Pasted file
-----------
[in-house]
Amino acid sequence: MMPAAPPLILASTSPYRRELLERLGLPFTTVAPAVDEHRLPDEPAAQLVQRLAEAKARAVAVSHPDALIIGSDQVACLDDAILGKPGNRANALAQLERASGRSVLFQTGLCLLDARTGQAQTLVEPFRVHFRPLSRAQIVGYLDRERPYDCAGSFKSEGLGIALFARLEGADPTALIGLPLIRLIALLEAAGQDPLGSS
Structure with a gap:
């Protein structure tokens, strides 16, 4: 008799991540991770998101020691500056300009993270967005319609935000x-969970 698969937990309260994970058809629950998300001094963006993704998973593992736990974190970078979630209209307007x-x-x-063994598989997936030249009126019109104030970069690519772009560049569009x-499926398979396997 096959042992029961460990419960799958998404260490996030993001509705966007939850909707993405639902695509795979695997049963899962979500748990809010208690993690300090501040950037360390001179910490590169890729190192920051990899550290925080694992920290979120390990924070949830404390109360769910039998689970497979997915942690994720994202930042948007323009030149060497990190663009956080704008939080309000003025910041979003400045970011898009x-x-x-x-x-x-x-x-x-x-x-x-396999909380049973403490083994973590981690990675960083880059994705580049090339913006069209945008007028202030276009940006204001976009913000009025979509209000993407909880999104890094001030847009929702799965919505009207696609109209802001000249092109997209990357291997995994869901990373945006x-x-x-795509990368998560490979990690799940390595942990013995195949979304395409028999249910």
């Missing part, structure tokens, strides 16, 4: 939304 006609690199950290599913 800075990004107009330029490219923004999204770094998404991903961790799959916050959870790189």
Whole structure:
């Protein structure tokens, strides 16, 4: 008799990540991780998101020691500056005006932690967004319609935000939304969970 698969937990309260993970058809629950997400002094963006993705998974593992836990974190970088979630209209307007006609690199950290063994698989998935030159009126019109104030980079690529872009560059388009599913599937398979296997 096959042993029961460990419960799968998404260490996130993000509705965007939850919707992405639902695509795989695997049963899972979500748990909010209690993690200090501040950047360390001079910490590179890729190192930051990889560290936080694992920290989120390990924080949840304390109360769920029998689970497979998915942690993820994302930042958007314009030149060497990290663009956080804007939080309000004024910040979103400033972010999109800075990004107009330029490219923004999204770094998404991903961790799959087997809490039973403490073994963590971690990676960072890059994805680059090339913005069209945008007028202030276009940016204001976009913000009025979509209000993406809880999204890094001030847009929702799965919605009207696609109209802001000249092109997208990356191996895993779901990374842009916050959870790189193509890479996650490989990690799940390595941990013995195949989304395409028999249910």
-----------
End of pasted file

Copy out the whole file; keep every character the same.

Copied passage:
[in-house]
Amino acid sequence: MMPAAPPLILASTSPYRRELLERLGLPFTTVAPAVDEHRLPDEPAAQLVQRLAEAKARAVAVSHPDALIIGSDQVACLDDAILGKPGNRANALAQLERASGRSVLFQTGLCLLDARTGQAQTLVEPFRVHFRPLSRAQIVGYLDRERPYDCAGSFKSEGLGIALFARLEGADPTALIGLPLIRLIALLEAAGQDPLGSS
Structure with a gap:
């Protein structure tokens, strides 16, 4: 008799991540991770998101020691500056300009993270967005319609935000x-969970 698969937990309260994970058809629950998300001094963006993704998973593992736990974190970078979630209209307007x-x-x-063994598989997936030249009126019109104030970069690519772009560049569009x-499926398979396997 096959042992029961460990419960799958998404260490996030993001509705966007939850909707993405639902695509795979695997049963899962979500748990809010208690993690300090501040950037360390001179910490590169890729190192920051990899550290925080694992920290979120390990924070949830404390109360769910039998689970497979997915942690994720994202930042948007323009030149060497990190663009956080704008939080309000003025910041979003400045970011898009x-x-x-x-x-x-x-x-x-x-x-x-396999909380049973403490083994973590981690990675960083880059994705580049090339913006069209945008007028202030276009940006204001976009913000009025979509209000993407909880999104890094001030847009929702799965919505009207696609109209802001000249092109997209990357291997995994869901990373945006x-x-x-795509990368998560490979990690799940390595942990013995195949979304395409028999249910």
């Missing part, structure tokens, strides 16, 4: 939304 006609690199950290599913 800075990004107009330029490219923004999204770094998404991903961790799959916050959870790189």
Whole structure:
């Protein structure tokens, strides 16, 4: 008799990540991780998101020691500056005006932690967004319609935000939304969970 698969937990309260993970058809629950997400002094963006993705998974593992836990974190970088979630209209307007006609690199950290063994698989998935030159009126019109104030980079690529872009560059388009599913599937398979296997 096959042993029961460990419960799968998404260490996130993000509705965007939850919707992405639902695509795989695997049963899972979500748990909010209690993690200090501040950047360390001079910490590179890729190192930051990889560290936080694992920290989120390990924080949840304390109360769920029998689970497979998915942690993820994302930042958007314009030149060497990290663009956080804007939080309000004024910040979103400033972010999109800075990004107009330029490219923004999204770094998404991903961790799959087997809490039973403490073994963590971690990676960072890059994805680059090339913005069209945008007028202030276009940016204001976009913000009025979509209000993406809880999204890094001030847009929702799965919605009207696609109209802001000249092109997208990356191996895993779901990374842009916050959870790189193509890479996650490989990690799940390595941990013995195949989304395409028999249910």